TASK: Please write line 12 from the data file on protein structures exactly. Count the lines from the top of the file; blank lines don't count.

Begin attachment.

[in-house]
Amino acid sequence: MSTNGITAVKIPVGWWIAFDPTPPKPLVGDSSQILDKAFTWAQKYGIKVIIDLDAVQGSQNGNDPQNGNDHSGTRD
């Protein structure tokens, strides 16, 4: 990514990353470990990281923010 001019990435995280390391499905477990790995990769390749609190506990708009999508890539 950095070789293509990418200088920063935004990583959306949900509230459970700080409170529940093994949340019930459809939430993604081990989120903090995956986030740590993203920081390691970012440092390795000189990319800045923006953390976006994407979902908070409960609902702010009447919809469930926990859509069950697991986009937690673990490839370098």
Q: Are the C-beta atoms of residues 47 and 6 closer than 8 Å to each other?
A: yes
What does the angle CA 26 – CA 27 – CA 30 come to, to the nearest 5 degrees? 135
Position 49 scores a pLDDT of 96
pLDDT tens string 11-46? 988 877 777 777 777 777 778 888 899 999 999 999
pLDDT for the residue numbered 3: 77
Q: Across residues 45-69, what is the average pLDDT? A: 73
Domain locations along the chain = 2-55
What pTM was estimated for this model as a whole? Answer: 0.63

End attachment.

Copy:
What pTM was estimated for this model as a whole? Answer: 0.63